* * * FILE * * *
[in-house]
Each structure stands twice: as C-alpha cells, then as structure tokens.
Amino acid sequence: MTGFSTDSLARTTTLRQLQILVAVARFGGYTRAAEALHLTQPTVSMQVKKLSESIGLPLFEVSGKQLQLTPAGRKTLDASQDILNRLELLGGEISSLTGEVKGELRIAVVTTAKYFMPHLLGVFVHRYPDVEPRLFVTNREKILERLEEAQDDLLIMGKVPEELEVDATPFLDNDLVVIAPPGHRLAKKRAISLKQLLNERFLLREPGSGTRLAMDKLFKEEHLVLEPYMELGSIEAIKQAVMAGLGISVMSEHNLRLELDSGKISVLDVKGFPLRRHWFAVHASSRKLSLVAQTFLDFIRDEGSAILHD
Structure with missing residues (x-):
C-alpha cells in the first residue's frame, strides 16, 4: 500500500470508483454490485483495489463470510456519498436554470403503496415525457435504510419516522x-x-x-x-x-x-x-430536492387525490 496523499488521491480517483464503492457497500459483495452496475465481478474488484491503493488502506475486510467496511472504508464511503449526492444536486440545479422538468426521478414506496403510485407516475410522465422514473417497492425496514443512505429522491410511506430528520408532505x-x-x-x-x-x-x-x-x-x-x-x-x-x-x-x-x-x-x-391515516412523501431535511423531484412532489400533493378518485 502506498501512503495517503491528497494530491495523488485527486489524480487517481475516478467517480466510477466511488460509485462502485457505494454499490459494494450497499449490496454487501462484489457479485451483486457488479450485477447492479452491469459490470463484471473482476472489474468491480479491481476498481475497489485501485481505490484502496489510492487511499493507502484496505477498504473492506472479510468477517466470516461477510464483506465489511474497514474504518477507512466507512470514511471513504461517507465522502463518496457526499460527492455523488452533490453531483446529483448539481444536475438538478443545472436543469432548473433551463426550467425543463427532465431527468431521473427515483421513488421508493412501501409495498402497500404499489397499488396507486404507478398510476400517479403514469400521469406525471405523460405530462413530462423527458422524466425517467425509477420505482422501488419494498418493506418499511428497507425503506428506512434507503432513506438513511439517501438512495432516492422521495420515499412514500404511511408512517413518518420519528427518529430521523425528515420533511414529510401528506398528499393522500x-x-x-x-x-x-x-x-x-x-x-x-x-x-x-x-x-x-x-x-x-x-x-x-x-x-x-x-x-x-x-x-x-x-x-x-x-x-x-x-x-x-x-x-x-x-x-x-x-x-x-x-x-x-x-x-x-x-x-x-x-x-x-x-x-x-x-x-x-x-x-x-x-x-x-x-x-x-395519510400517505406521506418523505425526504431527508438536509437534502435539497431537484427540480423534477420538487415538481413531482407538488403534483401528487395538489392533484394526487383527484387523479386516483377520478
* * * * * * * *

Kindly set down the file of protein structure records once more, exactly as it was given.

[in-house]
Each structure stands twice: as C-alpha cells, then as structure tokens.
Amino acid sequence: MTGFSTDSLARTTTLRQLQILVAVARFGGYTRAAEALHLTQPTVSMQVKKLSESIGLPLFEVSGKQLQLTPAGRKTLDASQDILNRLELLGGEISSLTGEVKGELRIAVVTTAKYFMPHLLGVFVHRYPDVEPRLFVTNREKILERLEEAQDDLLIMGKVPEELEVDATPFLDNDLVVIAPPGHRLAKKRAISLKQLLNERFLLREPGSGTRLAMDKLFKEEHLVLEPYMELGSIEAIKQAVMAGLGISVMSEHNLRLELDSGKISVLDVKGFPLRRHWFAVHASSRKLSLVAQTFLDFIRDEGSAILHD
Structure with missing residues (x-):
C-alpha cells in the first residue's frame, strides 16, 4: 500500500470508483454490485483495489463470510456519498436554470403503496415525457435504510419516522x-x-x-x-x-x-x-430536492387525490 496523499488521491480517483464503492457497500459483495452496475465481478474488484491503493488502506475486510467496511472504508464511503449526492444536486440545479422538468426521478414506496403510485407516475410522465422514473417497492425496514443512505429522491410511506430528520408532505x-x-x-x-x-x-x-x-x-x-x-x-x-x-x-x-x-x-x-391515516412523501431535511423531484412532489400533493378518485 502506498501512503495517503491528497494530491495523488485527486489524480487517481475516478467517480466510477466511488460509485462502485457505494454499490459494494450497499449490496454487501462484489457479485451483486457488479450485477447492479452491469459490470463484471473482476472489474468491480479491481476498481475497489485501485481505490484502496489510492487511499493507502484496505477498504473492506472479510468477517466470516461477510464483506465489511474497514474504518477507512466507512470514511471513504461517507465522502463518496457526499460527492455523488452533490453531483446529483448539481444536475438538478443545472436543469432548473433551463426550467425543463427532465431527468431521473427515483421513488421508493412501501409495498402497500404499489397499488396507486404507478398510476400517479403514469400521469406525471405523460405530462413530462423527458422524466425517467425509477420505482422501488419494498418493506418499511428497507425503506428506512434507503432513506438513511439517501438512495432516492422521495420515499412514500404511511408512517413518518420519528427518529430521523425528515420533511414529510401528506398528499393522500x-x-x-x-x-x-x-x-x-x-x-x-x-x-x-x-x-x-x-x-x-x-x-x-x-x-x-x-x-x-x-x-x-x-x-x-x-x-x-x-x-x-x-x-x-x-x-x-x-x-x-x-x-x-x-x-x-x-x-x-x-x-x-x-x-x-x-x-x-x-x-x-x-x-x-x-x-x-395519510400517505406521506418523505425526504431527508438536509437534502435539497431537484427540480423534477420538487415538481413531482407538488403534483401528487395538489392533484394526487383527484387523479386516483377520478